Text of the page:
• Users Online: 2453
  • Home
  • Print this page
  • Email this page
Home About us Editorial board Search Ahead of print Current issue Archives Submit article Instructions Subscribe Contacts Login 


 
 Table of Contents  
ORIGINAL ARTICLE
Year : 2021  |  Volume : 8  |  Issue : 2  |  Page : 79-83

Evaluation of the pediatric antimalarial prescriptions in a teaching hospital in Southeastern Nigeria


Department of Clinical Pharmacy and Pharmacy Management, University of Nigeria, Nsukka, Nigeria

Date of Submission23-Sep-2019
Date of Decision20-May-2020
Date of Acceptance11-Jun-2020
Date of Web Publication27-Oct-2021

Correspondence Address:
Adaobi Uchenna Mosanya
Department of Clinical Pharmacy and Pharmacy Management, University of Nigeria, Nsukka
Nigeria
Login to access the Email id

Source of Support: None, Conflict of Interest: None


DOI: 10.4103/cjhr.cjhr_98_19

Rights and Permissions
  Abstract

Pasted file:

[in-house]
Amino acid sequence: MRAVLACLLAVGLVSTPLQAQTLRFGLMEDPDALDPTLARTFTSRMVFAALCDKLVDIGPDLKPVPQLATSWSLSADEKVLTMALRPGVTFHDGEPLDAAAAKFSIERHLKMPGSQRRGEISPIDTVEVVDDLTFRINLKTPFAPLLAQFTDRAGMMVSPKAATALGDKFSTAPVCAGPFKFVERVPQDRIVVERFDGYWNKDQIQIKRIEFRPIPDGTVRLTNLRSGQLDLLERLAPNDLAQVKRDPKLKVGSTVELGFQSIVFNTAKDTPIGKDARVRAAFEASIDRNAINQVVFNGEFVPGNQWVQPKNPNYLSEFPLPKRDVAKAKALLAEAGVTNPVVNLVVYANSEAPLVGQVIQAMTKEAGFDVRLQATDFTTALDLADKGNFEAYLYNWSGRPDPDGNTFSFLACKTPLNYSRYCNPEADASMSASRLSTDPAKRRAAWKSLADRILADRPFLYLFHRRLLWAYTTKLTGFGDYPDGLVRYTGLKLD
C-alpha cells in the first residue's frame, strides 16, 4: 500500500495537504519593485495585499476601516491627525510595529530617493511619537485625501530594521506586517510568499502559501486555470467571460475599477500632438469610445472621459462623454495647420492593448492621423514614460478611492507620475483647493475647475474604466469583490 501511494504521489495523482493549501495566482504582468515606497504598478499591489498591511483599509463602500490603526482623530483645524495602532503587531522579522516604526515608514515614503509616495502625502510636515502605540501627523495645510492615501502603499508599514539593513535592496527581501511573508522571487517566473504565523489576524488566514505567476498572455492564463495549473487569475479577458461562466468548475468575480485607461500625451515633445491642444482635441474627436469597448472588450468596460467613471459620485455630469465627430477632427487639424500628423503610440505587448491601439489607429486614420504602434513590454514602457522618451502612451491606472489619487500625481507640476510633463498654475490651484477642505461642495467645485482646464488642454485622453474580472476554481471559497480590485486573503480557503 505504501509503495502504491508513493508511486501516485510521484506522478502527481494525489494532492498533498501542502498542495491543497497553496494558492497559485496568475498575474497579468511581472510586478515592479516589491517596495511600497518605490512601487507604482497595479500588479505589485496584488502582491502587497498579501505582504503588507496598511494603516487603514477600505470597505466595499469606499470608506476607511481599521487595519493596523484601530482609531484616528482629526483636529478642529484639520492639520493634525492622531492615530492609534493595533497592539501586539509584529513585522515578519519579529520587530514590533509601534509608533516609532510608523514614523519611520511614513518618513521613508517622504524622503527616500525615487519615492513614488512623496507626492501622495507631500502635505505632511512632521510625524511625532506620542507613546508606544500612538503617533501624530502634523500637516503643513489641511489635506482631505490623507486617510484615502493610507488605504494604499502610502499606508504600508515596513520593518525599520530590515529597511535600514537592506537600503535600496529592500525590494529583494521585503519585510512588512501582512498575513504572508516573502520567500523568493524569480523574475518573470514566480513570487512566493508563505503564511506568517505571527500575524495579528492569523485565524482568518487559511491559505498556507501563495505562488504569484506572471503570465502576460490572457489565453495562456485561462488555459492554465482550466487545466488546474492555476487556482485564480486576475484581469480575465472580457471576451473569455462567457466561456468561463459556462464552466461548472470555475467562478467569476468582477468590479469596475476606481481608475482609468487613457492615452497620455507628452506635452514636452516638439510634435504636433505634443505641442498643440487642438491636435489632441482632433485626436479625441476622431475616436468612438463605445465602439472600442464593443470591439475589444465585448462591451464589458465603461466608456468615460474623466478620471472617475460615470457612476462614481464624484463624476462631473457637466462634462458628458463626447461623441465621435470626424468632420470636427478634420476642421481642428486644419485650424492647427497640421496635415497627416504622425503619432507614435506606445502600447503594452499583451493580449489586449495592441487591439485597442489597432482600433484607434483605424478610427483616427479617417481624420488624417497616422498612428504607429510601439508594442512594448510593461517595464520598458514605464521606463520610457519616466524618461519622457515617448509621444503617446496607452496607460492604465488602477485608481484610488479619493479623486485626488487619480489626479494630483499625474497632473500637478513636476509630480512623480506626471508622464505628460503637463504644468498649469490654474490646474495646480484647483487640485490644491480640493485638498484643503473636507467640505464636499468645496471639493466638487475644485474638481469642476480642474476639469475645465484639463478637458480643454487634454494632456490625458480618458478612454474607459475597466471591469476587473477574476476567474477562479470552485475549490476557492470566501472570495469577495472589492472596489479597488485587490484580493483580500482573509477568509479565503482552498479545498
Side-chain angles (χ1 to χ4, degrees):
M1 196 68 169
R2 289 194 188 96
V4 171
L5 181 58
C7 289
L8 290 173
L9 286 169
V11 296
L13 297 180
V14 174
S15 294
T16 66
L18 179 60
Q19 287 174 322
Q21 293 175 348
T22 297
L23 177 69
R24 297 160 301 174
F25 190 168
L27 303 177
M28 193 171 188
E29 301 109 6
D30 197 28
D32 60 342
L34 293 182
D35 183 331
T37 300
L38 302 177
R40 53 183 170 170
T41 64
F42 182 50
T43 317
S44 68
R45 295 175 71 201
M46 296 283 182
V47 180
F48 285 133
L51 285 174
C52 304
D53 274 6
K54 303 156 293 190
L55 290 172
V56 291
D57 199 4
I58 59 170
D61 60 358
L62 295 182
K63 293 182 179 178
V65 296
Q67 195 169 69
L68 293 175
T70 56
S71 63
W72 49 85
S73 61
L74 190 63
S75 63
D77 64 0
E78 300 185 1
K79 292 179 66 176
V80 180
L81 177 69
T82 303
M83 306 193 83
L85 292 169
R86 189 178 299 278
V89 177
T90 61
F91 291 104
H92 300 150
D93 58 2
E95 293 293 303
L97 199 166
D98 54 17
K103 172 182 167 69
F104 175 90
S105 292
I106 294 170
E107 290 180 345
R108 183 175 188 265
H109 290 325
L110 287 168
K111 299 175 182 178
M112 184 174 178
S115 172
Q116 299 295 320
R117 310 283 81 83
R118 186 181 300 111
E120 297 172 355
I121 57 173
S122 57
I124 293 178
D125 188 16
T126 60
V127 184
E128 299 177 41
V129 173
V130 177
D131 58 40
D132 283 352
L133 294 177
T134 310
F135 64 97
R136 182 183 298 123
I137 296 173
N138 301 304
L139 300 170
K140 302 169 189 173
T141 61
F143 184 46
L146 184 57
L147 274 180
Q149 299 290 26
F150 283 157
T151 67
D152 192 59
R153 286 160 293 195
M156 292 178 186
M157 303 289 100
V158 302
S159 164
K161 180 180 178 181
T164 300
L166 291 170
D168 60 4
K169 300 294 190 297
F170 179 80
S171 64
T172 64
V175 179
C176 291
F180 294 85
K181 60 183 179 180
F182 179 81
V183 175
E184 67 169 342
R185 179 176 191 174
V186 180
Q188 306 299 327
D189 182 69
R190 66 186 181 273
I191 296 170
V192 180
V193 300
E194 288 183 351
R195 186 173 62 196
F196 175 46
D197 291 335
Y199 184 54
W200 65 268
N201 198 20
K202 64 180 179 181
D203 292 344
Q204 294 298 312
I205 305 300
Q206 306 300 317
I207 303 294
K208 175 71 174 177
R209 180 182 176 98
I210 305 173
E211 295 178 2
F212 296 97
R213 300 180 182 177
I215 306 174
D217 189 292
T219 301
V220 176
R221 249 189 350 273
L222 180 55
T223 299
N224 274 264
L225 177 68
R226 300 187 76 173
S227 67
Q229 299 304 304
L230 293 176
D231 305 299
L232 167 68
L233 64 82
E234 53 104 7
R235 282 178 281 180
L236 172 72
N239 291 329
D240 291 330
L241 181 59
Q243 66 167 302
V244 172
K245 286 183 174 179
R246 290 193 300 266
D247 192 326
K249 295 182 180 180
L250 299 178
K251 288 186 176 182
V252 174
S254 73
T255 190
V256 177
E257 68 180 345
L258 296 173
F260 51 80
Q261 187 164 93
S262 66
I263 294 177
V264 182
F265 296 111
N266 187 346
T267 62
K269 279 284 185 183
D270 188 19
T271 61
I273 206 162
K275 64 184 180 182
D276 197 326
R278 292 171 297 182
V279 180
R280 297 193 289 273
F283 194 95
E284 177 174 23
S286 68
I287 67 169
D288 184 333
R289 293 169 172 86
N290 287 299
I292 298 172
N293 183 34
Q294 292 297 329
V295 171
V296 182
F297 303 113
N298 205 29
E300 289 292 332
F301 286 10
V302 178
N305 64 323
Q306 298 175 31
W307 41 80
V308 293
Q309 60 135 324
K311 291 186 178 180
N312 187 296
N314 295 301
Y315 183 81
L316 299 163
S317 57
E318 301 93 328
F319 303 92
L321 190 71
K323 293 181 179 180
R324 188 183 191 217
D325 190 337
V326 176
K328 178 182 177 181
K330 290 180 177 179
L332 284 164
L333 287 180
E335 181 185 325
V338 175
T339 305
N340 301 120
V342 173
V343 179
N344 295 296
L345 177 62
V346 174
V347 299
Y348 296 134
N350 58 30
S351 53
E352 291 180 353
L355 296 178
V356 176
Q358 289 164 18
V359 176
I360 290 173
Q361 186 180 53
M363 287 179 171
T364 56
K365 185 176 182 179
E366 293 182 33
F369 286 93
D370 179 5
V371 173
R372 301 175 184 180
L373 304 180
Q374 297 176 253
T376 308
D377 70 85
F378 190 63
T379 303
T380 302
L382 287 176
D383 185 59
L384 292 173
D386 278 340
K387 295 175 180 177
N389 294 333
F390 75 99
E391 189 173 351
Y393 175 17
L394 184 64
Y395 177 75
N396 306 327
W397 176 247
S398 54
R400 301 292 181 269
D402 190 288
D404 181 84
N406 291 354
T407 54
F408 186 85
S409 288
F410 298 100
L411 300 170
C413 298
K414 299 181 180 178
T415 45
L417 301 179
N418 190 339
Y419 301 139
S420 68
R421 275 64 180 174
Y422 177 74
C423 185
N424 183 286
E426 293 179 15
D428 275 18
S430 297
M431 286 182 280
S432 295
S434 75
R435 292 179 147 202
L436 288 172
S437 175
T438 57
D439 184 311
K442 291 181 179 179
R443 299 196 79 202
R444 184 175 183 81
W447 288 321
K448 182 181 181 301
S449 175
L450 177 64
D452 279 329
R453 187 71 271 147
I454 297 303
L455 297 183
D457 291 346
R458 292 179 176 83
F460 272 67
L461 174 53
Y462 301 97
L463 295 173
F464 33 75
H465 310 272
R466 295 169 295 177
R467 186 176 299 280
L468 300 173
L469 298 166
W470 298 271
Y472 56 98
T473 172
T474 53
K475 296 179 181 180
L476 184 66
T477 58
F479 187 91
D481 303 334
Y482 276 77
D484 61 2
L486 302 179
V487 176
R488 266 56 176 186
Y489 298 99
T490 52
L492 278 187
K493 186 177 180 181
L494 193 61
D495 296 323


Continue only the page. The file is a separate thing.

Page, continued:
Background: Malaria in Nigeria with the highest morbidity and mortality in children between 6 months and 5 years continues to be a disease burden. In line with the World Health Organization recommendation of diagnosis in all ages before treatment, Nigeria provided guidelines on parasite-based diagnosis. Therefore, in order to achieve its preelimination and the reduction of mortality caused by it to zero by 2020, it is necessary to assess the compliance of the prescribers to the guidelines. Objectives: The objectives of this study were to determine the cases who were diagnosed based on positive malaria parasite test and the level of compliance of the prescribers to the National Malaria Treatment Guidelines. Methods: A total of 3034 prescriptions of antimalarial drugs were collected between 2003 and 2011 in the Outpatient Department of the Pediatric Clinic. Data were analyzed using Microsoft Excel and SPSS V.20.0 and grouped into two: prepolicy (2003–2005) and postpolicy (2006–2011) periods. Descriptive and inferential statistics were used at P < 0.05 level of significance. Results: The study revealed that diagnosis based on positive malaria parasite test was 4.8% of 2765 patients. There was a noticeable increase in the prescription of artemisinin combination therapy in the postpolicy period (32.6%), but the compliance to the Antimalarial Treatment Guideline was low (23.8%). Conclusion: There was a high incidence of empirical diagnoses of malaria and treatment. Many of the artemisinin-based combination therapies prescribed were not recommended.